In the long and colourful history of Scotch whisky, there have been stratospheric highs and dispiriting lows. But the events of the past four and half years have surely been as tumultuous as any since legal distilling in Scotland began around 200 years ago.

Brexit, Covid, supply-chain disruption, geopolitical tension and war have presented new challenges to distillers who had become accustomed to continuous growth around the world over the previous two decades.

The uncertainty continues, as elections take place in major economies and conflict rages in Ukraine and Gaza, adding complexity to the business of making Scotch and shipping it to markets around the world.

Despite the upheaval, the industry appears to remain confident about its prospects for the future; so much so investment continues to be made to build new distilleries, expand existing operations and develop facilities for visitors in whisky-making sites around Scotland. This year alone we have seen the reopening of the famed Port Ellen Distillery on Islay, the reawakening of Rosebank in Falkirk and the first single malt to be released by Douglas Laing & Co from its Strathearn Distillery in Perthshire.

READ MORE: Business guru restored hope and renewal to Scottish town

New distilleries on the way include the community-owned Cabrach Distillery in Speyside, which is due to open this summer, while production is set to begin at the new Ardgowan Distillery in Inverclyde later this year.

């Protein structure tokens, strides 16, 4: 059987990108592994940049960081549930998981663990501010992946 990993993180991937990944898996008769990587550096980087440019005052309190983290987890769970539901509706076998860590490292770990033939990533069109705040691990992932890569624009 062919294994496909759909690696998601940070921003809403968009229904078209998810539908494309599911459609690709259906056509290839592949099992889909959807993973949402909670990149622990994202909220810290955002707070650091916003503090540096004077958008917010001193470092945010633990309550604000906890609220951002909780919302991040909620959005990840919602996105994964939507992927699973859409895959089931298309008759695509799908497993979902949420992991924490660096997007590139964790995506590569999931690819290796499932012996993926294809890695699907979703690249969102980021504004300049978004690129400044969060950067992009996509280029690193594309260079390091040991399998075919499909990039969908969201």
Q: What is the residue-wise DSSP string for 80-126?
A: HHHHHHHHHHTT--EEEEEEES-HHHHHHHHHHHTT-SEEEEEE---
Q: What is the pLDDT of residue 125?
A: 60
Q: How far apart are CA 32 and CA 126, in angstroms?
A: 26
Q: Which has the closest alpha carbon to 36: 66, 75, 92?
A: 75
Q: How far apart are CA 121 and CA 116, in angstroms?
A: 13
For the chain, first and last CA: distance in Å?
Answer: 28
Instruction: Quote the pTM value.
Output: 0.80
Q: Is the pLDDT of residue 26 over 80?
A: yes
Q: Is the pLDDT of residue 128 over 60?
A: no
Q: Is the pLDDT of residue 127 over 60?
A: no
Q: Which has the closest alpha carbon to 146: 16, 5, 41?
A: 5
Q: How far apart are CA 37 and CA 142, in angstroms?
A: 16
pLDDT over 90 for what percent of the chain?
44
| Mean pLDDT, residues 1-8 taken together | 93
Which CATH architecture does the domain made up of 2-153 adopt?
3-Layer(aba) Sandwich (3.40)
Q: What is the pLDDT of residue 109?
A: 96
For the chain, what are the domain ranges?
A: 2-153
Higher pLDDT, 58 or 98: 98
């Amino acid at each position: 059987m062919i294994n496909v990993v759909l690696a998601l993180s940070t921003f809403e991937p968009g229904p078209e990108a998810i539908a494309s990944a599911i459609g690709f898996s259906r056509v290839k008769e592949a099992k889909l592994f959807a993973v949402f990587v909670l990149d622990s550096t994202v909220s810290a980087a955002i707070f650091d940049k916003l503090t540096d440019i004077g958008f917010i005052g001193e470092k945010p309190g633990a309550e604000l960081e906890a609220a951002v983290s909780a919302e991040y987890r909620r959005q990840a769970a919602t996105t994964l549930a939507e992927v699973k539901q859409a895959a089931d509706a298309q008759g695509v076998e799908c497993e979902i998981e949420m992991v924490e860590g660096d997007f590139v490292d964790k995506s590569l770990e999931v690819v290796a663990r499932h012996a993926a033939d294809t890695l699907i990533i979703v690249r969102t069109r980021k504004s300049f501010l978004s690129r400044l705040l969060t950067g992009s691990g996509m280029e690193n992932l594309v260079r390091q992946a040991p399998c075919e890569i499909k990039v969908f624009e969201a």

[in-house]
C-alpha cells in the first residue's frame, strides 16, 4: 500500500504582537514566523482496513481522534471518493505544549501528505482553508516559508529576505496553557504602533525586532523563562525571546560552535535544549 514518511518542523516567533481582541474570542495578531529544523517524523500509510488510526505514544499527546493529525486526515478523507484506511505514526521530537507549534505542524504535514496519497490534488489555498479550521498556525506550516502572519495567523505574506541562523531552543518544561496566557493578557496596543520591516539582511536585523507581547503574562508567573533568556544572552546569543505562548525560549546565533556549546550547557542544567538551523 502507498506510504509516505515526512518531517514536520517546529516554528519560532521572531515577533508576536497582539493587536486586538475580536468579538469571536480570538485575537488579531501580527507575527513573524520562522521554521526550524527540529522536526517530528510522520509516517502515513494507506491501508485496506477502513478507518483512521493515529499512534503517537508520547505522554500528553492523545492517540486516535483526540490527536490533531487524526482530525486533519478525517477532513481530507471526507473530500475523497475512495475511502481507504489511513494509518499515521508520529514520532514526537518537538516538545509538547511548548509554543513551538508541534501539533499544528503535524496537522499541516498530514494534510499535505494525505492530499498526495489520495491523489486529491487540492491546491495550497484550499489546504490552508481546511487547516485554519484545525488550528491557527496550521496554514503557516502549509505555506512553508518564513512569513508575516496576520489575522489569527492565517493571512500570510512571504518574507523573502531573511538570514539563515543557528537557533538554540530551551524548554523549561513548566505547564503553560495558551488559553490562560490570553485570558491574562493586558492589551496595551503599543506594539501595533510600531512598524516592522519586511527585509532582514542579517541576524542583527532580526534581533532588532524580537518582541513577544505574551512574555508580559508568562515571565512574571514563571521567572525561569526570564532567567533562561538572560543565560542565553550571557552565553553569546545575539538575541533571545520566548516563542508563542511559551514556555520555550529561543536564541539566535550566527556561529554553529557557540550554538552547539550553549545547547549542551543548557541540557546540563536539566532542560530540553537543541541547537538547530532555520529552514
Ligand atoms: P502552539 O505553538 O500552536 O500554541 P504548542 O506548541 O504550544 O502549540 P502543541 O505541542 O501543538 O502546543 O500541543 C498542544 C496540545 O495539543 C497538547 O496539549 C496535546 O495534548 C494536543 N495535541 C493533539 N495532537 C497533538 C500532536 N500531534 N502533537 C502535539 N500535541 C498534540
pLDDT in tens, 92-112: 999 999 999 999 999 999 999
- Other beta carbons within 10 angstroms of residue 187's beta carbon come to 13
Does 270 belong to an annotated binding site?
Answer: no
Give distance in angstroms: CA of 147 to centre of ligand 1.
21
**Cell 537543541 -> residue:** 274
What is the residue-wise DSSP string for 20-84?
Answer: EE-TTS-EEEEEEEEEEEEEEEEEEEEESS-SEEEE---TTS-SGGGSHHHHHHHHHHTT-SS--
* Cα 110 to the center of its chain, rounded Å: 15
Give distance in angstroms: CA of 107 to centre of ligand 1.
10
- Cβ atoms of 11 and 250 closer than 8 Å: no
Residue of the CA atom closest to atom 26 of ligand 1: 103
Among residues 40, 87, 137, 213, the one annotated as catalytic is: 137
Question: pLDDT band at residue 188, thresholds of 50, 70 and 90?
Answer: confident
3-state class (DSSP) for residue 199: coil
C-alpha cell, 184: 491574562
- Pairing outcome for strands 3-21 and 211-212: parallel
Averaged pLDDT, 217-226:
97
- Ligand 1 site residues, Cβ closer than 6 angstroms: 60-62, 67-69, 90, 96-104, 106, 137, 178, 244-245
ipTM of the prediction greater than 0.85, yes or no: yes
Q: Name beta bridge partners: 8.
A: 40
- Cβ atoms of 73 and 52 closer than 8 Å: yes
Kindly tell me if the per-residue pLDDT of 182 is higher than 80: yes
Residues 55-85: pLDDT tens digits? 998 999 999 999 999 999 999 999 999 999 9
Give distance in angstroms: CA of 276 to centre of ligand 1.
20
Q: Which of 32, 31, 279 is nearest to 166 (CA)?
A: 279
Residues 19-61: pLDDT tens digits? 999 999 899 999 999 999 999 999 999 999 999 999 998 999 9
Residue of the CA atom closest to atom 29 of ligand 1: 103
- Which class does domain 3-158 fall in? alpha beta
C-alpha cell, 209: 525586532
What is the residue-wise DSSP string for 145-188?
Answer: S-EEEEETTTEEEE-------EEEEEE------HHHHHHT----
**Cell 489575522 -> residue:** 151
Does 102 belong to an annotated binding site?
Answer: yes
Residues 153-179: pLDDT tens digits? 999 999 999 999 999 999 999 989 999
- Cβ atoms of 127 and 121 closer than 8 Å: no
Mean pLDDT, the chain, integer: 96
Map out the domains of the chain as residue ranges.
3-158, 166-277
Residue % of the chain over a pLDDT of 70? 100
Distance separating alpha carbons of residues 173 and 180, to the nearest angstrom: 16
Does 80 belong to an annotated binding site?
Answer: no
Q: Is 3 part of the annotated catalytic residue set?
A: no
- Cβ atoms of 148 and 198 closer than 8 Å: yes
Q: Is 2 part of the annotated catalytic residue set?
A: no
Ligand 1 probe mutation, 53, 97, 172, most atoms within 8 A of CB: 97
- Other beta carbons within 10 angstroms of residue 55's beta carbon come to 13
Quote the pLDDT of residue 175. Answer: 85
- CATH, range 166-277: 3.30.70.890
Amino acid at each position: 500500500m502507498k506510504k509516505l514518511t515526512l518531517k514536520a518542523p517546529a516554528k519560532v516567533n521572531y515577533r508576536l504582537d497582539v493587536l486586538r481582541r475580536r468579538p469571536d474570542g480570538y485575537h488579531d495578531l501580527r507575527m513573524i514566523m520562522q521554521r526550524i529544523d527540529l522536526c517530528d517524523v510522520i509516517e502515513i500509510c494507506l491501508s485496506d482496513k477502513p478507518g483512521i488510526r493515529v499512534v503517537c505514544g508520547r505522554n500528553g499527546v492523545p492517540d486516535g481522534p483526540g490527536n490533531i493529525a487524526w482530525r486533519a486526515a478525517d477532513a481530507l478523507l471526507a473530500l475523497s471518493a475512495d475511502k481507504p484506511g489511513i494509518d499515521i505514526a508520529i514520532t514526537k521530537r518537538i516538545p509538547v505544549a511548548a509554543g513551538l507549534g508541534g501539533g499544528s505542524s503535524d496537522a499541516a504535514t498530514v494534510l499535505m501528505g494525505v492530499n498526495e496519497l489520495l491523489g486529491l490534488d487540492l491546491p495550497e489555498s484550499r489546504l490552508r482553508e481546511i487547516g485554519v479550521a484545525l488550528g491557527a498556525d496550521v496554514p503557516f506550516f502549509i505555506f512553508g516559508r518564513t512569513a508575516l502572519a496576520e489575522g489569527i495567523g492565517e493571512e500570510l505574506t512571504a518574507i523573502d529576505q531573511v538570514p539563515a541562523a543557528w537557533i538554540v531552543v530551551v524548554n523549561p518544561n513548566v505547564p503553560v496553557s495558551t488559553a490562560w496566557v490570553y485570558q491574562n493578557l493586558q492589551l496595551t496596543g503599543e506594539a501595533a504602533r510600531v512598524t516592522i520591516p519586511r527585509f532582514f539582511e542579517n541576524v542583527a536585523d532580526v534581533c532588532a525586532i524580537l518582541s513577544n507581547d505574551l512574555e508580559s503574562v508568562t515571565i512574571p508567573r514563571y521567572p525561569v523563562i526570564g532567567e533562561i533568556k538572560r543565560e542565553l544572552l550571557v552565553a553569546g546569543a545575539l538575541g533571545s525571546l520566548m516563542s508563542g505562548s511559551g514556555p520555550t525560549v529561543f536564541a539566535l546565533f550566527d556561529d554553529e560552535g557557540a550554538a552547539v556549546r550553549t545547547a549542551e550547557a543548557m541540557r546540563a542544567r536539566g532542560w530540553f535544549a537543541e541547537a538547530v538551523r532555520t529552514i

In early June, it emerged £25 million will be invested to build a distillery near Inverary Castle.

Projects such as these speak to an enduring confidence in the future of Scotch, although distillers are facing many challenges in the near term.

The Herald spoke to a range of whisky producers and found a widespread consensus the global slowdown that affected the industry in 2023, following a boom in 2022 after Covid restrictions were eased and global travel reopened, has spilled over into this year. Conditions remain tricky in export markets post-Brexit and amid complications caused by global tensions.

However, there seems little expectation of the hangover lasting too long in the future.

Glen Gribbon, chief executive of Bladnoch Distillery in Dumfries and Galloway, told The Herald Business HQ the industry is “still in good shape”, declaring the consumer dynamics that have driven the growth of single malt in the past five-plus years remain intact.

“I honestly do not think these consumer dynamics, which take years to change, have gone away,” said the industry veteran, whose career has included senior roles with Whyte & Mackay and The Macallan.

“The reality is, if you look at IWSR (International Wine & Spirits Record) and SWA (Scotch Whisky Association) numbers, 2023 exports were significantly back, I think 19% in value, which is not insignificant. However, it was still 14% up on 2019, which was the pre-pandemic year. Sometimes you need to remind yourself that, despite a year that was back on 2022, there has still been really good progress.

“And I think 2022 for all companies was an exceptionally good year, probably too good, and that has got some short-term consequences that we are all having to deal with.”

A similar sentiment was shared by Jen Baernreuther, recently appointed managing director of The Glenturret Distillery in Crieff. Ms Baernreuther, who joined The Glenturret from Pernod Ricard-owned Speciality Drinks Group, declared the industry was displaying “resilience”, despite a challenging 2023 and the persistent backdrop of “geopolitical turmoil”.

(Image: The Glenturret)

Jen Baernreuther, The Glenturret